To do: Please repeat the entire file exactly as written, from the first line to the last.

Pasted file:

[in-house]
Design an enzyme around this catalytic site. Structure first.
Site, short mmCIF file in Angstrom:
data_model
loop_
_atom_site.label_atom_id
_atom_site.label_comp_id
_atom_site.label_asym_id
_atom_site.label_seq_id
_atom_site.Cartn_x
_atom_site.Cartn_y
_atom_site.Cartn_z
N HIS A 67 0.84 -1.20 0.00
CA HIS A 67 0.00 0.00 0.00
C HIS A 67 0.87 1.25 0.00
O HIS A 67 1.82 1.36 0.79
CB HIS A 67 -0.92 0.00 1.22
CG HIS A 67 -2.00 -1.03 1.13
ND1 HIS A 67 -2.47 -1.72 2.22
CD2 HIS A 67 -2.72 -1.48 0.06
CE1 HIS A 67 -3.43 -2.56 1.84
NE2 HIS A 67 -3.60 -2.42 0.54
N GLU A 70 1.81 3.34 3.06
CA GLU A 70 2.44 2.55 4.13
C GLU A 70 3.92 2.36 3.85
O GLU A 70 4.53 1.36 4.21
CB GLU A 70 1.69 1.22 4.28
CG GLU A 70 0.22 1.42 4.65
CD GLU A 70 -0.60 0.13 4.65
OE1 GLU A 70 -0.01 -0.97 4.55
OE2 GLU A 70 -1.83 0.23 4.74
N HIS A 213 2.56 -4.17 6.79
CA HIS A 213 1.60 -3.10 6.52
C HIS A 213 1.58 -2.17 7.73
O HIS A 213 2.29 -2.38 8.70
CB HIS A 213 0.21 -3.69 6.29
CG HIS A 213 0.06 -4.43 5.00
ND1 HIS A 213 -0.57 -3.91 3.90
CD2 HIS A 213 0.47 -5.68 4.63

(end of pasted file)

[in-house]
Design an enzyme around this catalytic site. Structure first.
Site, short mmCIF file in Angstrom:
data_model
loop_
_atom_site.label_atom_id
_atom_site.label_comp_id
_atom_site.label_asym_id
_atom_site.label_seq_id
_atom_site.Cartn_x
_atom_site.Cartn_y
_atom_site.Cartn_z
N HIS A 67 0.84 -1.20 0.00
CA HIS A 67 0.00 0.00 0.00
C HIS A 67 0.87 1.25 0.00
O HIS A 67 1.82 1.36 0.79
CB HIS A 67 -0.92 0.00 1.22
CG HIS A 67 -2.00 -1.03 1.13
ND1 HIS A 67 -2.47 -1.72 2.22
CD2 HIS A 67 -2.72 -1.48 0.06
CE1 HIS A 67 -3.43 -2.56 1.84
NE2 HIS A 67 -3.60 -2.42 0.54
N GLU A 70 1.81 3.34 3.06
CA GLU A 70 2.44 2.55 4.13
C GLU A 70 3.92 2.36 3.85
O GLU A 70 4.53 1.36 4.21
CB GLU A 70 1.69 1.22 4.28
CG GLU A 70 0.22 1.42 4.65
CD GLU A 70 -0.60 0.13 4.65
OE1 GLU A 70 -0.01 -0.97 4.55
OE2 GLU A 70 -1.83 0.23 4.74
N HIS A 213 2.56 -4.17 6.79
CA HIS A 213 1.60 -3.10 6.52
C HIS A 213 1.58 -2.17 7.73
O HIS A 213 2.29 -2.38 8.70
CB HIS A 213 0.21 -3.69 6.29
CG HIS A 213 0.06 -4.43 5.00
ND1 HIS A 213 -0.57 -3.91 3.90
CD2 HIS A 213 0.47 -5.68 4.63